a good start. Ultimately, following an eco-effective agenda, the
company could perhaps become a nylon bank, leasing nylon as a product
of service for defined use periods within a system that guarantees
the reclamation and reuse of the material in a closed-loop technical
Such a system will not only create a stable market for nylon 6,
but an expanding market, as recycling cuts costs and designers begin
to explore the materials many uses. Along with its high chemical
stability, the low toxicity of its building blocks and the ease
with which it can be upcycled, nylon 6 is an exceedingly versatile
material. As a plastic it is strong and durable; as a fiber it is
flexible and resilient. It performs equally well as the housing
for electronic equipment, automobile windshields or outdoor gear.
One pitfall to avoid in the technosphere is designing a product
with a very short lifewhat we call a product of consumptionas
a technical nutrient. Nylon stockings, for example, are made for
short-term use, and there is no effective system in place for recovering
them. If they were made of nylon 6, it would be a waste of valuable
material. A more intelligent design for stockings might employ a
fine fiber created from a biological nutrient, which, like our DesignTex
fabric, could be a compostable material that is nonetheless elegant
and comfortable against the skin.
That being said, the possible applications of nylon 6 are many.
In fact, wed like to invite the design community to come up
with a host of new, innovative products made of nylon 6 and designed
as technical nutrients. BASFs Bob Armstrong, a former research
and development manager currently a representative for quality and
environmental issues, will help you find knowledgeable sources on
performance data for nylon 6 as well as information on the availability
of the material. He can be reached at 704-423-2376. The MBDC team,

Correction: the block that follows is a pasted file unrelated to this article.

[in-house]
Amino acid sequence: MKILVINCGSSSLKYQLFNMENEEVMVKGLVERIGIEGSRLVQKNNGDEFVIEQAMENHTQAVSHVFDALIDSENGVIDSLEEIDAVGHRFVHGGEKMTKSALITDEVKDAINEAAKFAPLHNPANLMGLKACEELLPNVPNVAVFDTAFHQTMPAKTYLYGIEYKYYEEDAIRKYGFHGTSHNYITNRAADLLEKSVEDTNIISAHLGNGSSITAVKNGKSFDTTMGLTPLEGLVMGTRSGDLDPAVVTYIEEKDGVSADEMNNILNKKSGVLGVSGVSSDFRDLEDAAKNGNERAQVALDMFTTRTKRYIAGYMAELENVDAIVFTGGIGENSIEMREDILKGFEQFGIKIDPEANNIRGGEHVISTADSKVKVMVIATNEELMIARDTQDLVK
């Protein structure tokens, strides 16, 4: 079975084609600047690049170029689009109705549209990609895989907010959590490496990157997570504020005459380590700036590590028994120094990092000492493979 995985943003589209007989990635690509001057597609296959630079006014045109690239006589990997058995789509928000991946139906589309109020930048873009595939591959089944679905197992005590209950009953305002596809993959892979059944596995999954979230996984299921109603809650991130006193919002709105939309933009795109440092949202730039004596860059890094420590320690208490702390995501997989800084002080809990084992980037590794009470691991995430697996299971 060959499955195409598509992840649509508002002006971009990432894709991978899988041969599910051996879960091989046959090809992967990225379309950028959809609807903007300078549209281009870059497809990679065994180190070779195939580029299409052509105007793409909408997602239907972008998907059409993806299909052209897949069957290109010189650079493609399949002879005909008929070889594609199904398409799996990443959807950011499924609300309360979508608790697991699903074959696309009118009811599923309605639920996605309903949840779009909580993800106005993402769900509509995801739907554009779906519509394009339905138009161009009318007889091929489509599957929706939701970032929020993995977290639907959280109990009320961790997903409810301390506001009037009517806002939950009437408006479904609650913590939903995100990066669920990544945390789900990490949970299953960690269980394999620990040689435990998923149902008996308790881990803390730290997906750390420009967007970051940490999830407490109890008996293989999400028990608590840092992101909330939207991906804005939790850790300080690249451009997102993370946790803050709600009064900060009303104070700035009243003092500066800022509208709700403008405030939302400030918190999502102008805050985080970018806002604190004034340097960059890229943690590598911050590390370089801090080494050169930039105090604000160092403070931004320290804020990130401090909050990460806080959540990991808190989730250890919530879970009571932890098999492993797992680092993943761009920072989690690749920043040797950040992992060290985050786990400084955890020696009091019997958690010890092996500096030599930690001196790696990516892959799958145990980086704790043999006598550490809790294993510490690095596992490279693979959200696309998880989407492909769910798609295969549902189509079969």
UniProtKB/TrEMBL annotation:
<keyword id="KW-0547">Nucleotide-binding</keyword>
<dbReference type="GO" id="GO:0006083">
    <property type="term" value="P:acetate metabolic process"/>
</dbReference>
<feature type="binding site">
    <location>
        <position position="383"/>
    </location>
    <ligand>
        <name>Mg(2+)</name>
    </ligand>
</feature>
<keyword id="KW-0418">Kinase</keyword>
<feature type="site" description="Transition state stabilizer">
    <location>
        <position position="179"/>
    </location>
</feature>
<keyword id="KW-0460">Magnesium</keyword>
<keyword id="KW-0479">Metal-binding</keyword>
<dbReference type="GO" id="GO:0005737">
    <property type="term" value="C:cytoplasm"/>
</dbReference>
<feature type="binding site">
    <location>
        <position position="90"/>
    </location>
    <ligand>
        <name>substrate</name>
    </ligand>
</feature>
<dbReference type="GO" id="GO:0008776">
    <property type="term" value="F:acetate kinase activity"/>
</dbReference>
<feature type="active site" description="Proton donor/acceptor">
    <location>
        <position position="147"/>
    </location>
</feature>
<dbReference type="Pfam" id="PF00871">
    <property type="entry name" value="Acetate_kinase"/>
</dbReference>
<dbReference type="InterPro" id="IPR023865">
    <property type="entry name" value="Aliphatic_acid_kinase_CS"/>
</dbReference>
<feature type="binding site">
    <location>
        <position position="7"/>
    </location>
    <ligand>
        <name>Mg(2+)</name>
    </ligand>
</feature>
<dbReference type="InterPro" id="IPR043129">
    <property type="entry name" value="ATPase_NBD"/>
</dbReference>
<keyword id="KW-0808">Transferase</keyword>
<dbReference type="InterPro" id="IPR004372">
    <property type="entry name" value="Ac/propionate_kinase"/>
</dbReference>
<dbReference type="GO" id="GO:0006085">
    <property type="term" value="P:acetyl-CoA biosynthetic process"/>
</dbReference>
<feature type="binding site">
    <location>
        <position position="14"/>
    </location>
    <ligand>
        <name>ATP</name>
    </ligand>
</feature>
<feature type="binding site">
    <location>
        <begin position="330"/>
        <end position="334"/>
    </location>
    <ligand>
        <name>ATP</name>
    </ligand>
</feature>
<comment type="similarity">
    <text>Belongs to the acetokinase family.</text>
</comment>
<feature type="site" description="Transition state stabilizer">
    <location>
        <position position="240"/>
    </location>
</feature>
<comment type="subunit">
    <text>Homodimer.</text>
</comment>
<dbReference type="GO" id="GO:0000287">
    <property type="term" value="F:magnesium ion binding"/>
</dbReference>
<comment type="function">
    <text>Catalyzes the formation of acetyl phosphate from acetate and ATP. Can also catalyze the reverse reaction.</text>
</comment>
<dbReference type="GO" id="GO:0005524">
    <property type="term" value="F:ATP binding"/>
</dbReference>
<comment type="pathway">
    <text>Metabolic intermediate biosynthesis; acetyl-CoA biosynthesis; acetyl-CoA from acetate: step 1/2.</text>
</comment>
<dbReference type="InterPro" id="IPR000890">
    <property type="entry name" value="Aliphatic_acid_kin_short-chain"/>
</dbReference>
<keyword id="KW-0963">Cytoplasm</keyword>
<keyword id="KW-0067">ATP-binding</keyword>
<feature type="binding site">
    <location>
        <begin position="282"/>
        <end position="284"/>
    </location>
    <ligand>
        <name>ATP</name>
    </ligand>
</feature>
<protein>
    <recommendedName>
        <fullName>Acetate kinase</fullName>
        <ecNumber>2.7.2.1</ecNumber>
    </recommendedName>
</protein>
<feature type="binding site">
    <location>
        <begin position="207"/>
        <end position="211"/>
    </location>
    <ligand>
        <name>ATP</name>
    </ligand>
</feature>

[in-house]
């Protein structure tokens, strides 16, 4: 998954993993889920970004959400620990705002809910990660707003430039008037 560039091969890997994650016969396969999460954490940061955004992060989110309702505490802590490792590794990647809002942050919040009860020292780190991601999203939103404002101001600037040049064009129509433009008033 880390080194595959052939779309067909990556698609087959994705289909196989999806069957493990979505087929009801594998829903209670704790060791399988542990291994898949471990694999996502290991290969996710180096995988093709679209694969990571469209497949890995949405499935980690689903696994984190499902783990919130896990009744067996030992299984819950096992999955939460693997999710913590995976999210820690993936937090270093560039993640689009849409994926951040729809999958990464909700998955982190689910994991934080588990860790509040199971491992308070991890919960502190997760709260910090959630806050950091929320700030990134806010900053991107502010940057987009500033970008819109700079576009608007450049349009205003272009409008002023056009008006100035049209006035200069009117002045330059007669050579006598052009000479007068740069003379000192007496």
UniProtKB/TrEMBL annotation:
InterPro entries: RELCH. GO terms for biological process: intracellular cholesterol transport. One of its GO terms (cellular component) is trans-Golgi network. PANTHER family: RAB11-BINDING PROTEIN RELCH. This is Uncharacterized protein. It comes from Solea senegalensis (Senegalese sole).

at 434-295-1111, and on-line at www.mbdc.com, is available to provide
technical consulting on the systems and logistics of designing material
recovery systems. We hope this invitation sparks the emergence of
a whole spectrum of products that help create an enduring market
for high-quality technical nutrients.
As it has been said, if it exists, it is possible. We have reached
a point in the development of the design arts and sciences in which
all the tools for ecologically intelligent design have been assembled.
The materials exist; the technology exists; the knowledge and creativity
exist. The story of nylon 6 is just one of many that illustrate
how the merging of all of those elements can yield effective, beneficial,
high-quality products. A world of intelligent design and sustaining
prosperity is not only possible, it has begun to take shape in products
already in the marketplace. Someday soon you just might find one
of them right underfoot.
William A. McDonough, FAIA, and Michael Braungart are founders and
principals of McDonough Braungart Design Chemistry, a consultancy
leading a wide variety of companies into what the two call the Next
Industrial Revolution by implementing eco-effective design
and commerce strategies that will result in a future of sustaining
and long-term prosperity. For more information, visit www.mbdc.com.